Avoiding the Costs of Poor Oral HealthJan 09 2018

While the percentage of people who are investing in cosmetic dentistry continues to increase, there is a segment of the population that does not even see the dentist.  According to the latest data from the Centers for Disease Control and Prevention, nearly 40 percent of adults aged 65 and over didn’t visit a dentist in the past year.  To top that off, nearly 70% of these same seniors do not have dental coverage.  The most frequently cited reason is cost.

But what are you really saving when you do not visit a dentist for your regular checkups?  For one thing, as you age, chance are you take more prescription medications.  The side effects of these medications may cause a decrease in saliva, leading to tooth decay.  Or worse yet, they may deplete your body's supply of all-important minerals that keep your teeth hard and healthy.

Further, the effects of a lack of dental care extend beyond the mouth and surrounding tissues.  Added risk to seniors with poor oral care include: cardiovascular disease, dementia, respiratory infections, diabetes, erectile dysfunction, cancer, kidney disease and rheumatoid arthritis.

If cost is an issue, there are ways to reduce the impact of dental care on your finances.

  1. Join a dental savings plan: For many seniors, these non-insurance membership programs can fill the dental care gap in Medicare coverage. With a low-cost dental savings plan, you’ll save anywhere from 10% to 60% off the regular cost of procedures. Also, there are no waiting periods or annual limits. Many plans include discounts on dentures and other services excluded from Medicare, like eye exams and hearing aids.  You can learn more about dental savings plans at ConsumerHealthAlliance.org.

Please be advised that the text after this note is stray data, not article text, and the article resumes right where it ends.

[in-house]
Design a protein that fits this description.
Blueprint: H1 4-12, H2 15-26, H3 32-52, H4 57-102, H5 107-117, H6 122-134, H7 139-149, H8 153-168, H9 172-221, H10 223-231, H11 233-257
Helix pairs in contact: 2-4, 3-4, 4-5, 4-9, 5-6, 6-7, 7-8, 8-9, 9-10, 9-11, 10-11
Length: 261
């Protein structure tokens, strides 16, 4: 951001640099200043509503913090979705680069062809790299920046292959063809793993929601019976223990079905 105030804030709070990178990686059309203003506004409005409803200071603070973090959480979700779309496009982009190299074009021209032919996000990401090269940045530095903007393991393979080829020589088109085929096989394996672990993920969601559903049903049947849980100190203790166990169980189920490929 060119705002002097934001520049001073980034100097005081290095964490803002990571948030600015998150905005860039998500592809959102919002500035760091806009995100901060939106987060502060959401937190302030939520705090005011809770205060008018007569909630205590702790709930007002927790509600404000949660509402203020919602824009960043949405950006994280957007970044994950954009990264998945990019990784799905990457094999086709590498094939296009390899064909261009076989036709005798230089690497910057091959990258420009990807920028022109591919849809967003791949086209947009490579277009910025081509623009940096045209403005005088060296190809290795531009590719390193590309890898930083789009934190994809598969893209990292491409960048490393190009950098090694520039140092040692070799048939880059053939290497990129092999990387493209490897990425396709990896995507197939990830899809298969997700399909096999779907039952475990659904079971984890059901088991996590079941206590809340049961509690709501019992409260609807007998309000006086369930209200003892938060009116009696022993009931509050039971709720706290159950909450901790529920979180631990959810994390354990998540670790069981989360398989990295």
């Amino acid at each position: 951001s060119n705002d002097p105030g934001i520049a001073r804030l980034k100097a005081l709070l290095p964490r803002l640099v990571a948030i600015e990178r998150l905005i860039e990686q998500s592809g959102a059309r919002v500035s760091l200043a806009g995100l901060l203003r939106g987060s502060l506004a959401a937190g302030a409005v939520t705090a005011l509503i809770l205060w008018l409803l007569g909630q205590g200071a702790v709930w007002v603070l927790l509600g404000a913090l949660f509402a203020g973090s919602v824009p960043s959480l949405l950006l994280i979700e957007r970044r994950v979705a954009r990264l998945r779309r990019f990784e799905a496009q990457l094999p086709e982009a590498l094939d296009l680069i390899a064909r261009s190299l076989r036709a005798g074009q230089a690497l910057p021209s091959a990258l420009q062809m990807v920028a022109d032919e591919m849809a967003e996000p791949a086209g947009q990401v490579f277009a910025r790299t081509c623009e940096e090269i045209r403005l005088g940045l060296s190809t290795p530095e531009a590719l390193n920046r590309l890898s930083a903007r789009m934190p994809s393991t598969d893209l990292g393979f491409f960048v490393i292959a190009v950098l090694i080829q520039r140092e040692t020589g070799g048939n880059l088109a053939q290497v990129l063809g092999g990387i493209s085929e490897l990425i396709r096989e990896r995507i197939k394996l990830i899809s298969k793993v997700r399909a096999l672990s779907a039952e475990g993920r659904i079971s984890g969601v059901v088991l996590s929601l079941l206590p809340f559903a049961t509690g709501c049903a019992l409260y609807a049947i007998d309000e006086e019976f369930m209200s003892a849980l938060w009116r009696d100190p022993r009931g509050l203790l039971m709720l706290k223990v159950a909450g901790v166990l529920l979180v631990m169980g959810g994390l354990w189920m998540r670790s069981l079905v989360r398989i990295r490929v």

2. Find a dental savings plan: The easiest way to search for plan options is to go directly to trusted companies and plans online at :DentalPlansCareingtonCarefree Dental and New Benefits. You’ll also find dental savings plans being offered by employers to employees, banks to customers and associations to members.
  3. Go to a local dental school: Many universities have a college of dentistry with a dental clinic for the public. The cost for services is typically a fraction of what you would pay at a private practice. You can check out this listing from American Student Dental Association to see if there is a dental school in your area and visit their website to learn more.
  4. If you go to a dental school, keep in mind: It’s high-quality care done by students-in-training and under the guidance of dental professional instructors, so your appointments will take more time to complete. There also might be a waiting list to get in or you might not be accepted for full treatment after an initial exam.
  5. Check your costs: You can lookup “fair” prices for procedures in your area using FAIR Health’s free Dental Cost Lookup tool. If the cost estimate seems high, you may want to consider getting a second estimate from another dentist. You can also use this tool to plan for out-of-pocket costs for procedures you know you need to have done.
  6. For veterans: Dental benefits are provided by the Department of Veterans Affairs (VA). In some instances, the VA is authorized to provide extensive dental care, while in other cases treatment may be limited. If you’re a veteran, visit the VA online to see what dental care services you may be eligible for.
  7. Talk to your dentist:Ask your dentist for a discount or options to pay over time. Some practices might even offer a small discount for referrals or if you're paying upfront with cash. You can also look up fair prices for dental procedures in your area using FAIR Health's Consumer Cost Lookup tool. If your estimate seems high, contact other dentists in your area for a quote.

The bottom line is that when it comes down to it, you can't afford NOT to see a dentist.  Give us a call today and let's see how we can help at 707-422-7633.  For more information about the health impacts of dental care, see this article in Forbes.

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